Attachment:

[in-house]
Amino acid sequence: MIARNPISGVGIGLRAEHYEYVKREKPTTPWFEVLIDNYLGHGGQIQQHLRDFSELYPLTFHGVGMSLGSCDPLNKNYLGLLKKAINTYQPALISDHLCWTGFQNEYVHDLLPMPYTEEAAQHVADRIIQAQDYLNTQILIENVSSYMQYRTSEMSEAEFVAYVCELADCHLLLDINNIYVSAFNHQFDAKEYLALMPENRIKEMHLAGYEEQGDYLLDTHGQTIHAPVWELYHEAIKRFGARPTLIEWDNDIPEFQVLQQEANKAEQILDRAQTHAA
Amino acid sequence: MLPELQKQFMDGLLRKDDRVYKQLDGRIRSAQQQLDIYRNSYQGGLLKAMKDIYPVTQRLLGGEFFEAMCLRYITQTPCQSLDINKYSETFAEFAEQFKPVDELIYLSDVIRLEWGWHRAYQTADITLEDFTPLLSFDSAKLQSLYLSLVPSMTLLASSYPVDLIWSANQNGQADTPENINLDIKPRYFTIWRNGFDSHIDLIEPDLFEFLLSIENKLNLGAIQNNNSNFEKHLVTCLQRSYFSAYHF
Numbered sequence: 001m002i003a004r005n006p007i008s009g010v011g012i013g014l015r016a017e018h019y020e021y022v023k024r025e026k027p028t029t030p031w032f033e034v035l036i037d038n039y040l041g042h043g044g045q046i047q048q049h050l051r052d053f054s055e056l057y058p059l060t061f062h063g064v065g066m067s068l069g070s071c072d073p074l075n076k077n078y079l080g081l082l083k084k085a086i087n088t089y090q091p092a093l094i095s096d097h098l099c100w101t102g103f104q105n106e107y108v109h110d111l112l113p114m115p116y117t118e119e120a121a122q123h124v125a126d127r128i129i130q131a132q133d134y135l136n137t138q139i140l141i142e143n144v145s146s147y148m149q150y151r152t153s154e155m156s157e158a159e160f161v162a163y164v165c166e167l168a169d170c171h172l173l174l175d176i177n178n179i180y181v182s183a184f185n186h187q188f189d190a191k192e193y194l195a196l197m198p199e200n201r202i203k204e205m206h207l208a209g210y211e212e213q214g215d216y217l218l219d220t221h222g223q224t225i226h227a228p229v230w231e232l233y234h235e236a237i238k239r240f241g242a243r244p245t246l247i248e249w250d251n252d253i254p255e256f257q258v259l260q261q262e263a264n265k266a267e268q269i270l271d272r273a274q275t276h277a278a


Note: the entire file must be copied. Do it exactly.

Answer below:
[in-house]
Amino acid sequence: MIARNPISGVGIGLRAEHYEYVKREKPTTPWFEVLIDNYLGHGGQIQQHLRDFSELYPLTFHGVGMSLGSCDPLNKNYLGLLKKAINTYQPALISDHLCWTGFQNEYVHDLLPMPYTEEAAQHVADRIIQAQDYLNTQILIENVSSYMQYRTSEMSEAEFVAYVCELADCHLLLDINNIYVSAFNHQFDAKEYLALMPENRIKEMHLAGYEEQGDYLLDTHGQTIHAPVWELYHEAIKRFGARPTLIEWDNDIPEFQVLQQEANKAEQILDRAQTHAA
Amino acid sequence: MLPELQKQFMDGLLRKDDRVYKQLDGRIRSAQQQLDIYRNSYQGGLLKAMKDIYPVTQRLLGGEFFEAMCLRYITQTPCQSLDINKYSETFAEFAEQFKPVDELIYLSDVIRLEWGWHRAYQTADITLEDFTPLLSFDSAKLQSLYLSLVPSMTLLASSYPVDLIWSANQNGQADTPENINLDIKPRYFTIWRNGFDSHIDLIEPDLFEFLLSIENKLNLGAIQNNNSNFEKHLVTCLQRSYFSAYHF
Numbered sequence: 001m002i003a004r005n006p007i008s009g010v011g012i013g014l015r016a017e018h019y020e021y022v023k024r025e026k027p028t029t030p031w032f033e034v035l036i037d038n039y040l041g042h043g044g045q046i047q048q049h050l051r052d053f054s055e056l057y058p059l060t061f062h063g064v065g066m067s068l069g070s071c072d073p074l075n076k077n078y079l080g081l082l083k084k085a086i087n088t089y090q091p092a093l094i095s096d097h098l099c100w101t102g103f104q105n106e107y108v109h110d111l112l113p114m115p116y117t118e119e120a121a122q123h124v125a126d127r128i129i130q131a132q133d134y135l136n137t138q139i140l141i142e143n144v145s146s147y148m149q150y151r152t153s154e155m156s157e158a159e160f161v162a163y164v165c166e167l168a169d170c171h172l173l174l175d176i177n178n179i180y181v182s183a184f185n186h187q188f189d190a191k192e193y194l195a196l197m198p199e200n201r202i203k204e205m206h207l208a209g210y211e212e213q214g215d216y217l218l219d220t221h222g223q224t225i226h227a228p229v230w231e232l233y234h235e236a237i238k239r240f241g242a243r244p245t246l247i248e249w250d251n252d253i254p255e256f257q258v259l260q261q262e263a264n265k266a267e268q269i270l271d272r273a274q275t276h277a278a